Valparaiso; the eternal muse of so many poets, painters and philosophers, also illuminates the shadows of so many sullen faced port workers, prostitutes, pickpockets and life’s peculiars.
Arriving from the fresh mountain air and rosy cheeked smiles of Patagonia, Valparaiso felled my ‘joie de vivre’ with it’s heavy axe of bus terminal gloom. A notoriously sketchy city a few hours north of Santiago, the same sun that warmed the frost of Bariloche now suffocated by deep grey clouds as I broke out into the morning. Against advice I walked the hour or so towards the ‘centre’, questioning my decision as I walked south down the dishevelled main road past the inquisitive eyes and saturnine faces of its crawlers, old beaten up shop fronts carpeted by rugs littered with whatever for sale you couldn’t dream up; blank cd’s without cases, half a child’s doll, car headlight casings, several handles for a saw, a box of old screws, sole less shoes and a myriad of everything and anything.
Rounding a corner the port came into view, giant sea tankers bound for nowhere floated curiously amongst the freighters and black cranes that soared in multitude, but then, with the arc of a neck the hills of Valparaiso revealed themselves. Concrete dunes adorned with a kaleidoscope of buildings, set to no rhyme nor reason on top of a high wall wrapping the street, old beaten up mansions sit even higher above. It’s a majestic sight to behold from the bleakness of the port.
As I creeped up through the stairs and sloped streets, the heart of this town beat like thunder. No two buildings alike, narrow pathways weave and unravel like animated veins, music from high windows tunnels by, spices fill the breeze, did I follow the second star on the right and straight on till morning?
Casa Valparaiso was my home here for almost a week, I met Tiffany that I had travelled up to Mancora in Peru with on Christmas Eve, joining the rest of the hostel we spent a glorious Christmas getting drunk, singing Aerosmith songs, dressing up stray dogs, and eating great food. Boxing day i met Ariel, one of my favourite people from this trip, we had struck up conversation in a hostel in Cusco and she beguiled me from the off, a small American from a Jewish family we bonded over a shared love of classic literature and great tunes, effortlessly friendly and enduringly positive, I was glad to be in her company again, especially in the vibrancy of this town I was rapidly falling in love with.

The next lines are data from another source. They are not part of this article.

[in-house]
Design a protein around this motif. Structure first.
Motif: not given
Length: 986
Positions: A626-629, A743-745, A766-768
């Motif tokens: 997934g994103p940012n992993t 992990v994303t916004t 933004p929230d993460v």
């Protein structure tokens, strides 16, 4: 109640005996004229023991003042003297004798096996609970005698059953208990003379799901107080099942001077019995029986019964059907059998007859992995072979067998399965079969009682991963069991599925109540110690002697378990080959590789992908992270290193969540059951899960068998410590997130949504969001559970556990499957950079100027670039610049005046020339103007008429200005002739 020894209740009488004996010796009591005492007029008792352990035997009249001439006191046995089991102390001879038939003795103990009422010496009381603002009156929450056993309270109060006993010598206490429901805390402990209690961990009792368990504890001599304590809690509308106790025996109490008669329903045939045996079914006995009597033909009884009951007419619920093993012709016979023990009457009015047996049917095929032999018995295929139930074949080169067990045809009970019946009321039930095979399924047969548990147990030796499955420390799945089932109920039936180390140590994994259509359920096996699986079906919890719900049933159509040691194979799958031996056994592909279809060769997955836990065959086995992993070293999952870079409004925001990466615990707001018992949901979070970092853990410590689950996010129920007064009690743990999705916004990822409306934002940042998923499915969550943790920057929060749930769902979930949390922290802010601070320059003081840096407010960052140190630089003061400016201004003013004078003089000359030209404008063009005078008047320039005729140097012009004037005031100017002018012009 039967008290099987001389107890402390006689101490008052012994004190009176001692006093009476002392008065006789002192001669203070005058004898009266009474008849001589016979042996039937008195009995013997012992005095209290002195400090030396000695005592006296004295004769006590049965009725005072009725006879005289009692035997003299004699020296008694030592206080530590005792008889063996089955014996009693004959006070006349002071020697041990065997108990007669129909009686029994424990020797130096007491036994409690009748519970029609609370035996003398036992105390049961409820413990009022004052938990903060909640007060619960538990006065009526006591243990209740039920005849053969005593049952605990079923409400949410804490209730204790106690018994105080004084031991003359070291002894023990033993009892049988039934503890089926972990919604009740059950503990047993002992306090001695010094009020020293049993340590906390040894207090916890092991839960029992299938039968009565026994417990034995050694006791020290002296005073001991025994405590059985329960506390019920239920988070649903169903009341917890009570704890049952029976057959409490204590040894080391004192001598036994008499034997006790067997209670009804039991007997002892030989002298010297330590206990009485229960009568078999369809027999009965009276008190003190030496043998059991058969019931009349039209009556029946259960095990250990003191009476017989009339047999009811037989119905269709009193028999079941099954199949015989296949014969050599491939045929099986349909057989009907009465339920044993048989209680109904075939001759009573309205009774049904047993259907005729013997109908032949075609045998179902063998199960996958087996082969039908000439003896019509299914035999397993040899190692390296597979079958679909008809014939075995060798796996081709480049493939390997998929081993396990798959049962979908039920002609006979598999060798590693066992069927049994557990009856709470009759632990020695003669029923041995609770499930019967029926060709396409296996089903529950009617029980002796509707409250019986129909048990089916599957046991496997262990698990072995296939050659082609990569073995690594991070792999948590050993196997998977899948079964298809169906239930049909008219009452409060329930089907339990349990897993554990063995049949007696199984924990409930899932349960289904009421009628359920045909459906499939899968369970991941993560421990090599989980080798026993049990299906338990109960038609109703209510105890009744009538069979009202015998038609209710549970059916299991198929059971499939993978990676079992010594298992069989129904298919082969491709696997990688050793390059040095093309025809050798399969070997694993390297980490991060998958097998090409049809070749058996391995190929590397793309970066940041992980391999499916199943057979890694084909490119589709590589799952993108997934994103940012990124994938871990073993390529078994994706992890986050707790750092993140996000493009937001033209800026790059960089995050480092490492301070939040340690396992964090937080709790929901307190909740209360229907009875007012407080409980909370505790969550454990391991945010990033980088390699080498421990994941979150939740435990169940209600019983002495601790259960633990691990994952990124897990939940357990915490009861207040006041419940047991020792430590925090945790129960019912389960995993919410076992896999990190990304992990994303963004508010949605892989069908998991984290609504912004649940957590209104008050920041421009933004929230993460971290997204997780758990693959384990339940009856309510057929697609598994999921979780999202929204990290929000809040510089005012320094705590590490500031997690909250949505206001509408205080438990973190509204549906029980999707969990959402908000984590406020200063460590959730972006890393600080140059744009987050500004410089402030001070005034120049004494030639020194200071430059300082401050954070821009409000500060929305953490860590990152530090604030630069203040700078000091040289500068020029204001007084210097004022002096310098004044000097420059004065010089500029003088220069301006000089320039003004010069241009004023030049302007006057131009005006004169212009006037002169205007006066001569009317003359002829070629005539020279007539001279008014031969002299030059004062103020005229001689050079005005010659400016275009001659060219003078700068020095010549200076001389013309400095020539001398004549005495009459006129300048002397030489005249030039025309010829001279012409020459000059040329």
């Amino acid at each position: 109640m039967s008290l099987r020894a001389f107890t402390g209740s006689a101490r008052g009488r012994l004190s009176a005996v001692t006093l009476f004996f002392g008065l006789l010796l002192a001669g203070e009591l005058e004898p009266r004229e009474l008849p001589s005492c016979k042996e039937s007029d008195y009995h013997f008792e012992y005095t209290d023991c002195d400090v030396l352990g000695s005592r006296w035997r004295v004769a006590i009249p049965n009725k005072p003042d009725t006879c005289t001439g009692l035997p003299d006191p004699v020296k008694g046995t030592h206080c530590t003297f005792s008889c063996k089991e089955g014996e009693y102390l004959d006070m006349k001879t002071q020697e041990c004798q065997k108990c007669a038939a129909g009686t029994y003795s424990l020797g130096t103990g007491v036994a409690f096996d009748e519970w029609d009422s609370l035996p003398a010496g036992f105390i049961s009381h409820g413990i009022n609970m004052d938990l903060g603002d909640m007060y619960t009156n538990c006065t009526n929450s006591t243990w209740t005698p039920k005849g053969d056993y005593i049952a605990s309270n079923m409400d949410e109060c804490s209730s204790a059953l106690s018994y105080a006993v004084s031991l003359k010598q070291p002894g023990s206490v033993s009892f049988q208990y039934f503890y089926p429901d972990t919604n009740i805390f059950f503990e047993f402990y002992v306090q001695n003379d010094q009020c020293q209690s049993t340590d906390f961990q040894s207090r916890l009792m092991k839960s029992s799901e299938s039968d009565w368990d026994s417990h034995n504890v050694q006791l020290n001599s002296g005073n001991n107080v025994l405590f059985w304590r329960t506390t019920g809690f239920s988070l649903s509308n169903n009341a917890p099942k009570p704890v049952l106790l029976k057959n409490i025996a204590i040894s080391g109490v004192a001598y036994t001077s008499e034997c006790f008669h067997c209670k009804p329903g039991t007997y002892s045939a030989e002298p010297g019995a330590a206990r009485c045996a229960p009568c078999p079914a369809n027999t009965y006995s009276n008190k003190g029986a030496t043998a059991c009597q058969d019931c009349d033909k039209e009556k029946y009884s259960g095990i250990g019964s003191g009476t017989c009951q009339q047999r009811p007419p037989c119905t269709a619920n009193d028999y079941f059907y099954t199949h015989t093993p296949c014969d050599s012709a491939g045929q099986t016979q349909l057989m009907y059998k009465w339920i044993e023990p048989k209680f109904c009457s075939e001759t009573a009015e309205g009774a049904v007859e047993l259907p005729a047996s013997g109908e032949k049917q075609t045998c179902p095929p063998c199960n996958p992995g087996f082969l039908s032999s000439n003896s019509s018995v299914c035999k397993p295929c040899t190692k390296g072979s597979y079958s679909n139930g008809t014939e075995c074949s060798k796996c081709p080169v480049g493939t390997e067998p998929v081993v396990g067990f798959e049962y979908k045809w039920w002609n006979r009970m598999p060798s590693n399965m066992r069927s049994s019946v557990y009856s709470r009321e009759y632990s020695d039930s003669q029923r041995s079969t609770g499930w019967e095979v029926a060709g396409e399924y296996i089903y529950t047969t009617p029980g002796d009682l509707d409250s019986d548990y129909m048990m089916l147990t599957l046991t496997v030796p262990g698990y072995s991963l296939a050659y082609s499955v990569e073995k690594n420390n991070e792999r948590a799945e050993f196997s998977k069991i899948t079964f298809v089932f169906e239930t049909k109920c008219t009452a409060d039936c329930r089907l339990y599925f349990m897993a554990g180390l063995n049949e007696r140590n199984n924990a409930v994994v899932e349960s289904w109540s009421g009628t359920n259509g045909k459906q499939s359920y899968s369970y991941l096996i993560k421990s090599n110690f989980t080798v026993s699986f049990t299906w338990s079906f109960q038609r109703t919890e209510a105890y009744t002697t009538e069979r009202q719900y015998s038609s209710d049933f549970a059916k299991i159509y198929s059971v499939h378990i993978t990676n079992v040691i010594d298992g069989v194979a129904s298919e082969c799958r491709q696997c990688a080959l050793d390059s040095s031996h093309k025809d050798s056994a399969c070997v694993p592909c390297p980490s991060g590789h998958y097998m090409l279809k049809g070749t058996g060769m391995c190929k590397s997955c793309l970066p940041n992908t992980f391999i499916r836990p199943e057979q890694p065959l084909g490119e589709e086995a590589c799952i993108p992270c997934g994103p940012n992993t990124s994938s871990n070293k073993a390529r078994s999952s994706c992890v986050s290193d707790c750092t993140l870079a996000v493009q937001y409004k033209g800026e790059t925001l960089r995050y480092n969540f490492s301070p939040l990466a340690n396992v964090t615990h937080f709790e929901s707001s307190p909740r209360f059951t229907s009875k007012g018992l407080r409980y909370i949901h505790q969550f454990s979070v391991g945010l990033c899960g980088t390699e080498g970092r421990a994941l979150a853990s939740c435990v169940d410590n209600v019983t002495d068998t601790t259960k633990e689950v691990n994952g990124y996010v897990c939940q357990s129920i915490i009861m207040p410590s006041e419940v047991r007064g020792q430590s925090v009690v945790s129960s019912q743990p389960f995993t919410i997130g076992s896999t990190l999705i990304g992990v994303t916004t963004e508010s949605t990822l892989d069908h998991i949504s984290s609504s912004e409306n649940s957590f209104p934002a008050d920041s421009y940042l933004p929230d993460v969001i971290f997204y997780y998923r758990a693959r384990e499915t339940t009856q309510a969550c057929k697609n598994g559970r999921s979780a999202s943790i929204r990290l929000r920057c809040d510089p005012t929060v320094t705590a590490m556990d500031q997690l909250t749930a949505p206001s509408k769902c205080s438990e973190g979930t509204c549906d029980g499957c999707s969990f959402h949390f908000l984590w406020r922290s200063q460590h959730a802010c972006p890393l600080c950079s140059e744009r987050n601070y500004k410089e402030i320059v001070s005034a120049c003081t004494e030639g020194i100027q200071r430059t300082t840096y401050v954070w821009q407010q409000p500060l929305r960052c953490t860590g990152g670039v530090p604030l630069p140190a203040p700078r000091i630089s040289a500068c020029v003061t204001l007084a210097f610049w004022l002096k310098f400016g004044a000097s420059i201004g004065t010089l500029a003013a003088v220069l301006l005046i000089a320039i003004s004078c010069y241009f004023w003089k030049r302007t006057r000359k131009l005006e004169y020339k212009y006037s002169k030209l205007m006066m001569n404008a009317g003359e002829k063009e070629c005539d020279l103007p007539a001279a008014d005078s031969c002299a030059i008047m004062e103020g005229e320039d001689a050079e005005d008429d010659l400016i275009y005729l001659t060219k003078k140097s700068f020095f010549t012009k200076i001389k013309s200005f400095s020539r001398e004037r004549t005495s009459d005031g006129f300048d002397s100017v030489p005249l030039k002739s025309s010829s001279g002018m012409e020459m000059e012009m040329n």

Together we headed to the mesmerising area that a few years previous had held the world graffiti championships, beautiful street art is everywhere in Valparaiso (allowed under supervision by the government), but this area is exceptional. Giant murals adorn every building, and I mean every building, the colours are breathtaking in what is ostensibly a poor area, bringing the walls almost to life. We sat and ate ice cream in a city painted beautiful, it was a good day.
The next few nights I spent getting drunk by the menacing port, in a strange abandoned building that held impromptu raves, and hanging around the streets of the hostel that come alive at night time with jazz bands playing in dimly lit stairways and people messing around like children till late into the night.
New Year in Valparaiso hosts the second biggest party in Latin America, a million people flood in for the celebrations and an already buzzing city nearly implodes. The price hike at the hostel was too far fetched for my budget, Ariel kindly offered me a mattress at the apartment she had rented for a few months and all my problems were solved. We left hers at around 8pm and strolled the streets already teeming with people to her friends apartment to commence the evening, after meeting some really great people whilst smoking cigarettes and drinking cheap rum on a balcony we set off for the top of the hill to watch the midnight firework show over the port. I had to catch them up at the top after finding myself swilling cheap piss and singing Agnostic Front songs with a gathering of crusty punks on one of the stairwells up, at the strike of midnight the fireworks began, for fifteen minutes they were extravagant, furious and unwavering. The giant crowd cheered, screamed, kissed, hugged and sprayed champagne. A shared euphoria amongst a usually tame population. Heading down the hill, the mass euphoria only intensified, literally a million people swayed as one through every twist and opening in the city, music everywhere, we partied deep into the morning, drinking champagne from the bottle and dancing more than we walked. One hell of a new years.
A little worse for ware, new years day we hopped a local bus to the pretty Vina Del Mar, a small but quite affluent beach town just down the coast. We ate chicken on streets with a ceiling of leaves, and baked on the beach with Ariel’s American friends. One thing of note was a round of applause that echoed from a corner of the beach, not a street performer as I thought, but the Chileans way of alerting the presence of a lost child, apparently to not scare the child whilst also alerting what must be a quite frantic parent. Lovely stuff.
My last day in Valparaiso, I helped Ariel sneak all her things out of her rented apartment early in the morning, so she didn’t have to face the landlord as she bailed on a six month lease. That afternoon we explored a beautiful little cemetery in the hills, concrete angels with fresh roses and tulips pinned to their breast, hid in the undergrowth around spectacular white tombs. As dusk approached we sprawled in the gardens of an old converted prison, and I wondered why I couldn’t just stay here forever.